Of all the major economies, China’s is best placed to implement a sound money solution. At the moment it seems unlikely the necessary reforms will be forthcoming; but a general collapse of the global fiat currency regime presents the opportunity for reassessment and change.

Introduction

In last week’s Insight I examined the position of the US dollar, given the Fed’s current monetary policies, and concluded that the Fed’s dollar is likely to become valueless by the end of this year. The consequences for other major currencies — the euro, yen and pound — are that they are likely to fall with the dollar. This is because they adopt the same monetary policies, the same macroeconomic fallacies, and through the Bank for International Settlements, G7 and G20 meetings agree to continue to be bound by common policies. While the intention is for all to survive by working together, instead it ensures that they all sink together.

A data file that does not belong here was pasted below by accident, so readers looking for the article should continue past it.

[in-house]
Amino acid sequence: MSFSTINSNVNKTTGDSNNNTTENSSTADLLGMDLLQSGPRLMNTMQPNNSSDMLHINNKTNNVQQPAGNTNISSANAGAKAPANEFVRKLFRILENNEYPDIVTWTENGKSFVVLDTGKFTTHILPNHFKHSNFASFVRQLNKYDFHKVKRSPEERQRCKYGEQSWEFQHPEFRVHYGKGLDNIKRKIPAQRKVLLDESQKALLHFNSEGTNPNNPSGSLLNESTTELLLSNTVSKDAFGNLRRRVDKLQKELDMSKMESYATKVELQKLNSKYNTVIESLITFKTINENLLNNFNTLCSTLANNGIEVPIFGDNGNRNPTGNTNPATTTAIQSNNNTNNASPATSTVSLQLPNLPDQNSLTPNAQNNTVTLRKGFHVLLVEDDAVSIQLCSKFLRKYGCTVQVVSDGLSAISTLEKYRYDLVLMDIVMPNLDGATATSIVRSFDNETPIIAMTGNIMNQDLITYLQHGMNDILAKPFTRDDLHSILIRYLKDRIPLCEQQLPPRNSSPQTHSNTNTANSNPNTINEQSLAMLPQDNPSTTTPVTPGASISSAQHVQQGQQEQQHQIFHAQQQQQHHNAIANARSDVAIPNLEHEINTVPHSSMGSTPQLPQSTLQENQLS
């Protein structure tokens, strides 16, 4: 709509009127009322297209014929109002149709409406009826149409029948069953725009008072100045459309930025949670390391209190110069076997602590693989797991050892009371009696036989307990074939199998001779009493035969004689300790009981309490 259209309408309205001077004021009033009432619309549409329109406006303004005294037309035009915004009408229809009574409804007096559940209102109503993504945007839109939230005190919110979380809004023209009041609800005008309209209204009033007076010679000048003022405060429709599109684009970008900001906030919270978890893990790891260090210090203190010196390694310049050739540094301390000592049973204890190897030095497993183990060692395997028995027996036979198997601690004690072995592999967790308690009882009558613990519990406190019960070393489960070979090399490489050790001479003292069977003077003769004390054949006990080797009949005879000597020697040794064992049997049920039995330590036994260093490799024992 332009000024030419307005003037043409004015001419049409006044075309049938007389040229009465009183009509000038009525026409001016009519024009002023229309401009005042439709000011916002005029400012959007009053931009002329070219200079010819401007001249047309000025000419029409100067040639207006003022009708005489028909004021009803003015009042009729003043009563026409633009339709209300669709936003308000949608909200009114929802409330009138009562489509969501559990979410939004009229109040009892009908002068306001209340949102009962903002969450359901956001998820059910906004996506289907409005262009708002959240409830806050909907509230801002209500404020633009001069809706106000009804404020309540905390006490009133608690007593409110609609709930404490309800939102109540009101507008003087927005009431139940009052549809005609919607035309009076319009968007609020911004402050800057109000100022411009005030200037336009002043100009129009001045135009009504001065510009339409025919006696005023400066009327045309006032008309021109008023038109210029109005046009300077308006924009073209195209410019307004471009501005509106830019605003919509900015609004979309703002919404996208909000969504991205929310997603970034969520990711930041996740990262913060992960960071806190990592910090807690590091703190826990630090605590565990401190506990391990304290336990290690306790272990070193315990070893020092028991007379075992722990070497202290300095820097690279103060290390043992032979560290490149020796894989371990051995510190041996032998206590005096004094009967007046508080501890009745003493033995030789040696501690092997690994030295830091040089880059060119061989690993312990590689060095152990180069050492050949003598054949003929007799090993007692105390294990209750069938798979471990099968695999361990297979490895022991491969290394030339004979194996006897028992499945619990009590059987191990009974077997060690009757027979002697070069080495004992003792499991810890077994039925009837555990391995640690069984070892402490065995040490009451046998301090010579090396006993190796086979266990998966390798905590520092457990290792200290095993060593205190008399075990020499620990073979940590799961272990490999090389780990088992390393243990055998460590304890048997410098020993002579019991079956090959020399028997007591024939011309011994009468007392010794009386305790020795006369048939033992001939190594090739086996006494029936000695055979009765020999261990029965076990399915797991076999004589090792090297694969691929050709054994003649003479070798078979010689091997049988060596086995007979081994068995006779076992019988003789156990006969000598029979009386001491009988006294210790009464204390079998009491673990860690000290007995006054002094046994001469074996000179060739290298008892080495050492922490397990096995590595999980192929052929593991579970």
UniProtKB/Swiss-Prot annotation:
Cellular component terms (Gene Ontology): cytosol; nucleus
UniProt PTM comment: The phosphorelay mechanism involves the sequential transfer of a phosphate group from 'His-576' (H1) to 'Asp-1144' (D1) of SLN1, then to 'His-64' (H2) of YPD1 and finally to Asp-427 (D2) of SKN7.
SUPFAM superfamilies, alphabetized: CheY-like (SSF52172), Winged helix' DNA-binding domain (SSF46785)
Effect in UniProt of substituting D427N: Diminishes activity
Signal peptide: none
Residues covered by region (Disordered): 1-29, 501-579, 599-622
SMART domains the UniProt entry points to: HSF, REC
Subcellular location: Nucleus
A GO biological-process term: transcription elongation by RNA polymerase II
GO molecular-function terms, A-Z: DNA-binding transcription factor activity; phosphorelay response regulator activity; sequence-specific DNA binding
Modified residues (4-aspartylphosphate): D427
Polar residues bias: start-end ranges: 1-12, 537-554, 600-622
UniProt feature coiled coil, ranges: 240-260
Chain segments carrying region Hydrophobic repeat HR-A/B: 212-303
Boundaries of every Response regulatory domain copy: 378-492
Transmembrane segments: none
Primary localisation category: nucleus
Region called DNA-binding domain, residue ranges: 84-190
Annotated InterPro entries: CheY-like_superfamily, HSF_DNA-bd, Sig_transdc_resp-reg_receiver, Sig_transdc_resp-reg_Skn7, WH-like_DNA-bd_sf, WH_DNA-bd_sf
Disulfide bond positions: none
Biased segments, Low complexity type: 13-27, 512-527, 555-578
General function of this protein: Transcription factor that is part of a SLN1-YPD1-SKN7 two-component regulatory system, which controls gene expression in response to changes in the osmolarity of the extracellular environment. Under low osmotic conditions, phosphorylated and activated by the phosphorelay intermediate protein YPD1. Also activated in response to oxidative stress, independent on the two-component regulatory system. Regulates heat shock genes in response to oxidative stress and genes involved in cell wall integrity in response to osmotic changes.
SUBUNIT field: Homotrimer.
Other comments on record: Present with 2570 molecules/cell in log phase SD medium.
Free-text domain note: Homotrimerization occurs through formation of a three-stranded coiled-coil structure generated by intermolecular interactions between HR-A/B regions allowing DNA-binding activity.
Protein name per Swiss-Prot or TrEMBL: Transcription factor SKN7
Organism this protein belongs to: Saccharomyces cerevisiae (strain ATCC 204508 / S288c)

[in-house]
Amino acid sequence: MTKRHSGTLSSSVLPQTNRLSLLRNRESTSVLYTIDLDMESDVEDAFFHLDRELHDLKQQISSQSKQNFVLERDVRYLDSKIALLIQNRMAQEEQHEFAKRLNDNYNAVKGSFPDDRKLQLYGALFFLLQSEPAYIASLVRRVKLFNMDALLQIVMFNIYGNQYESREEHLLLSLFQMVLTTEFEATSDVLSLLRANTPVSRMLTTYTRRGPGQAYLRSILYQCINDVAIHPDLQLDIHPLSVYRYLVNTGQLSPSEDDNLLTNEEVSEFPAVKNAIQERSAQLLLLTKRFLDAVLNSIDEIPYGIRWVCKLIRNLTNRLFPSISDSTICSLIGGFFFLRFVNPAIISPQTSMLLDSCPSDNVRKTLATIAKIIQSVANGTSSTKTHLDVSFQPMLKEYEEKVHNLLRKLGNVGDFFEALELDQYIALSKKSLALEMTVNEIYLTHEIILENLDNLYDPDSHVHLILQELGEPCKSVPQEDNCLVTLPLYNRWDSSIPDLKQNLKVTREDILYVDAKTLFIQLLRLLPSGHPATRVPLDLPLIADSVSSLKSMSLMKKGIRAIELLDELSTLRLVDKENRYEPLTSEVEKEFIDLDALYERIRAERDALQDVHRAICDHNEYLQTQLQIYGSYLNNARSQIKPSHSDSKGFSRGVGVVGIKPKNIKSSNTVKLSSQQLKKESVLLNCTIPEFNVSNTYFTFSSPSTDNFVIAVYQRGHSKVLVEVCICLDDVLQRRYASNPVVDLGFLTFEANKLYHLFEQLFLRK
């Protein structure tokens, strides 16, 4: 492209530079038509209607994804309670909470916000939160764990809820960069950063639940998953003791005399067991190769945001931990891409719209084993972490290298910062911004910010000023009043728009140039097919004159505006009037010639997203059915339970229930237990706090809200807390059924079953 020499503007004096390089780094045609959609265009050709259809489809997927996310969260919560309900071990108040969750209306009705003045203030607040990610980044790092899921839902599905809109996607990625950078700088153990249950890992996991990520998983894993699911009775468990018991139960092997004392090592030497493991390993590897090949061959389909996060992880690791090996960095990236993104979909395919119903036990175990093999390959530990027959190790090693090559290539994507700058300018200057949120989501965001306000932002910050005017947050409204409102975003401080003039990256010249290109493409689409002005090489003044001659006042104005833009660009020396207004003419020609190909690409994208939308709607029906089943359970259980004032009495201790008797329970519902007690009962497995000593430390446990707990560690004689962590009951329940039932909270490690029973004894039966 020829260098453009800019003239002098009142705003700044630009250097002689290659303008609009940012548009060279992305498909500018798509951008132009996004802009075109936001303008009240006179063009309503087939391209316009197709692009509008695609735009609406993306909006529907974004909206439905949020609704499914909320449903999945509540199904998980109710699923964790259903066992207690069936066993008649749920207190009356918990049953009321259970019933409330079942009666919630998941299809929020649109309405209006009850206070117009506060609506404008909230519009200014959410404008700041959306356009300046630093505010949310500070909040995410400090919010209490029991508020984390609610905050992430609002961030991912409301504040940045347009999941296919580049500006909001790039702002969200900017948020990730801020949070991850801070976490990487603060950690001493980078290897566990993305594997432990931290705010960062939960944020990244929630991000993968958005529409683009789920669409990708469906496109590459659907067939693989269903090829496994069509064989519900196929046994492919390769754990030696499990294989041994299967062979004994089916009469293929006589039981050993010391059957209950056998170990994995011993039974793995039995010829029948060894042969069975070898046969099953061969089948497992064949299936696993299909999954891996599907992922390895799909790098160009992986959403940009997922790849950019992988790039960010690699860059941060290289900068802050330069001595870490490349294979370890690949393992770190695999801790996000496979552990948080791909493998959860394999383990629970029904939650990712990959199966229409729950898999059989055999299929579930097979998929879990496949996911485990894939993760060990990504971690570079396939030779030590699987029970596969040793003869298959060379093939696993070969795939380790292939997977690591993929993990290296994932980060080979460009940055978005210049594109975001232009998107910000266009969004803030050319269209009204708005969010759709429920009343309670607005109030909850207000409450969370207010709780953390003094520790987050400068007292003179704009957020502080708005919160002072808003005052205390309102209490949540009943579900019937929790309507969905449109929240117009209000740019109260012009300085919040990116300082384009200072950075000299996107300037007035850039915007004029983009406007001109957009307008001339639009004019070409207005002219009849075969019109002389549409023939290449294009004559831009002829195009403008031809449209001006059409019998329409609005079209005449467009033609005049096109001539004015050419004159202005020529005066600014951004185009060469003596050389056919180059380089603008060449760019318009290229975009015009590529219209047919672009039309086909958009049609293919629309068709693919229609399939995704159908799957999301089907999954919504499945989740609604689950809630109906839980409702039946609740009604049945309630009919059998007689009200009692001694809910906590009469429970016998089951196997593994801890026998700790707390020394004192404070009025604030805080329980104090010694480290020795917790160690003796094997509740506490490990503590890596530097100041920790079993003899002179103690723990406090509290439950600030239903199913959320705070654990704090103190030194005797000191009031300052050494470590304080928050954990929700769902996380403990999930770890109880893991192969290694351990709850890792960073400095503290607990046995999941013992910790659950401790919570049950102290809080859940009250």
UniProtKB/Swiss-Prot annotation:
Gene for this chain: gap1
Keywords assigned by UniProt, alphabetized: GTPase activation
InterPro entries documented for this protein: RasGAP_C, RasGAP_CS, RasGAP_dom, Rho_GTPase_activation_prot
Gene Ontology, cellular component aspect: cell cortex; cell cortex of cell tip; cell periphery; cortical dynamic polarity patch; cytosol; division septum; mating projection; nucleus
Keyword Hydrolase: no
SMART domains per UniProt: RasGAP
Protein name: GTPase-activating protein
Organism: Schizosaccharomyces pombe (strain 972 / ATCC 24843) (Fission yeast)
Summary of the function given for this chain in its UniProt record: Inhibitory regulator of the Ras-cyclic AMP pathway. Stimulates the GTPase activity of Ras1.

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Revolutionary Times and Systemic Collapse – “The System Cannot Handle It”, by Alastair Crooke

After system overload comes chaos, the betting favorite at SLL for a long time. From Alastair Crooke at strategic-culture.org:

Some have queried how it could be that President Putin would co-operate with President Trump to have OPEC+ push oil prices higher – when those higher prices precisely would only help sustain U.S. oil production. In effect, President Putin was being asked to underwrite a subsidy to the U.S. economy – at the expense of Russia’s own oil and gas sales – since U.S. shale production simply is not economic at these prices. In other words, Russia seemed to be shooting itself in the foot.

Well, the calculus for Moscow on whether to cut production (to help Trump) was never simple. There were geo-political and domestic economic considerations – as well as the industry ones – to weigh. But, perhaps one issue trumped all others?

Since 2007, President Putin has been pointing to one overarching threat to global trade: And that problem was simply, the U.S. dollar.

And now, that dollar is in crisis. We are referring, here, not so much to America’s domestic financial crisis (although the monetisation of U.S. debt is connected to threat to the global system), but rather, how the international trading system is poised to blow apart, with grave consequences for everyone.